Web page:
The NACP site-level model-data intercomparison encompasses 21 ecosystem models and 32 North American eddy covariance flux tower sites. Not all models were run at all sites; in total there are 463 out of 672 possible model-site combinations. What is statistically problematic is that the missing model-site combinations are not randomly distributed, but rather reflect the choices of individual modeling groups, which are undoubtedly influenced by model skill. For example, tundra and wetland model runs are strongly underrepresented suggesting that the models not run at these sites are likely to perform worse than those which were run. The fact that runs are not statistically “missing at random” has the potentially introducing biases in a statistical interpretation. Therefore, since most models were run for nine high-priority sites that had been identified a priori in the original model protocol, we restricted our analyses to these sites (Table 1).
Table 1. Sites and Models Used in Intercomparisiona
 Model runs at each site followed a prescribed protocol to facilitate intercomparison. Each model used a standardized meteorological forcing data based primarily on the observed meteorology at each flux tower. Meteorological data were gap-filled using a combination of nearby met station data and the DAYMET reanalysis as documented byRicciuto et al. . Ancillary data such as soil texture and management history were available via NACP Biological-Ancillary-Disturbance-Methodology (BADM) templates [Law et al., 2008] to ensure that all models were making the same assumptions about the local environment at each site. In addition a standard subset of GIMMS Normalized Difference Vegetation Index data set [Tucker et al., 2005] data were provided for the subset of models that are diagnostic rather than prognostic. Models were expected to be run to steady state using their standard parameter set; site-specific model tuning was prohibited. The exception to this was the LoTEC model, which was run using a data assimilation scheme. The performance of LoTEC relative to other models thus highlights the contribution of parameter error, rather than models structural errors, to model performance. The full modeling protocol can be found online (http://nacp.ornl.gov/docs/Site_Synthesis_Protocol_v7.pdf).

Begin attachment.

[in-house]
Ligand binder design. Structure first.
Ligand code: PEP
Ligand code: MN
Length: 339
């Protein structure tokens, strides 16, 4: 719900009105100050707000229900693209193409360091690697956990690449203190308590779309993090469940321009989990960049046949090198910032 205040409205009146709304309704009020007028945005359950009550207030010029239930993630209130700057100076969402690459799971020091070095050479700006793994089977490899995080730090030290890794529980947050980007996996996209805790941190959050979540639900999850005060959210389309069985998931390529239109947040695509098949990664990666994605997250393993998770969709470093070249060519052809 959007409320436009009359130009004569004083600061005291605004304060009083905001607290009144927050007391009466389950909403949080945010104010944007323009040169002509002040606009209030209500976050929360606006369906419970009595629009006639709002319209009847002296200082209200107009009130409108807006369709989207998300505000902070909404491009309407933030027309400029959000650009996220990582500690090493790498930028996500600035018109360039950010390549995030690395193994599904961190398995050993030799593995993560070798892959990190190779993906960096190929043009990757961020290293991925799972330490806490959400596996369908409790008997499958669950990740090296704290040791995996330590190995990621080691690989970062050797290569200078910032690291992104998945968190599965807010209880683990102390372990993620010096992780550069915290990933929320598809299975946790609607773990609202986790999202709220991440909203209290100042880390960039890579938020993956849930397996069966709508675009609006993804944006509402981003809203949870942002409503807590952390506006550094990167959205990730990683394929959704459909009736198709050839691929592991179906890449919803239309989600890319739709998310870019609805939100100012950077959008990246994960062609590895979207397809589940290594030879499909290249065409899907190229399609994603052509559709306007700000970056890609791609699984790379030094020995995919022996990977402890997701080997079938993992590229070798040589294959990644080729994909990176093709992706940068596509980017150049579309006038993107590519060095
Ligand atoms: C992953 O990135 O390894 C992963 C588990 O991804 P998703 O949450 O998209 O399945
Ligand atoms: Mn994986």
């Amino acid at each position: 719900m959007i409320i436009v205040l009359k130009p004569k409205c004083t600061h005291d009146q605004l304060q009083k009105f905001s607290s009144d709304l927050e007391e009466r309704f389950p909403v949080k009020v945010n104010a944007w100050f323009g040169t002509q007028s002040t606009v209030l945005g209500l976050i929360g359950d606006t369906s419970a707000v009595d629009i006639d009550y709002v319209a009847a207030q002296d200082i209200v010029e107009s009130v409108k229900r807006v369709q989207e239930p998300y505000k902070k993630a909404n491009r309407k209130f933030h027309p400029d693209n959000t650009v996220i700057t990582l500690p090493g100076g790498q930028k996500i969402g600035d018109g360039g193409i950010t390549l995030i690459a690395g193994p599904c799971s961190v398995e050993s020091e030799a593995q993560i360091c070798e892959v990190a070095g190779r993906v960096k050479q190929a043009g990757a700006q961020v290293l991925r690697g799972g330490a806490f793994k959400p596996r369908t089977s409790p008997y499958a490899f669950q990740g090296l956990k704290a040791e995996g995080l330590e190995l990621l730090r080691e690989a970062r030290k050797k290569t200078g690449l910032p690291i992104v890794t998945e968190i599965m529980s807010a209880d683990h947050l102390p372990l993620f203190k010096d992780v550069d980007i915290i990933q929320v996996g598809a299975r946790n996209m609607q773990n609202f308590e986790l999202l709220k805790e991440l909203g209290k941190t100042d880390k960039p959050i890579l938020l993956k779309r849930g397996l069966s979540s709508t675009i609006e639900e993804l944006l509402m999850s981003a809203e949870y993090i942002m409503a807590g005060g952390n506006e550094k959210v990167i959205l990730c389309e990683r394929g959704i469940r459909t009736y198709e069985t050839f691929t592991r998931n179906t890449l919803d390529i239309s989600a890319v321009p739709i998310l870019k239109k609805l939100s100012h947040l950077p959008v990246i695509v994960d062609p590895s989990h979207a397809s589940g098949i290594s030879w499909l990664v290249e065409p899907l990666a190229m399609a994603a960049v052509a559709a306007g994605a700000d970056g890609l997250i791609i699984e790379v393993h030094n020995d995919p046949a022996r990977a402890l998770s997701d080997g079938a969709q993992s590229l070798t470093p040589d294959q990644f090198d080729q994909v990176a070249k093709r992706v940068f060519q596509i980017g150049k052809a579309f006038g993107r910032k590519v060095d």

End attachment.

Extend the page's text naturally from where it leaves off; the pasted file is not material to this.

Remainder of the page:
This analysis focuses on the comparison of observed and simulated net ecosystem exchange (NEE) of CO2. All analyses were conducted on the finest temporal resolution available, which was 60 min at US-Ha1, US-Ne3, and US-UMB and 30 min for all other sites (Table 1). Models with a daily time step used the daily mean value for all values within a 24 h period and thus we refrain from interpreting the results from these models at time scales less than 2 days. For each model at each site we calculated the normalized residual error (εs,m,t) in NEE between models and data as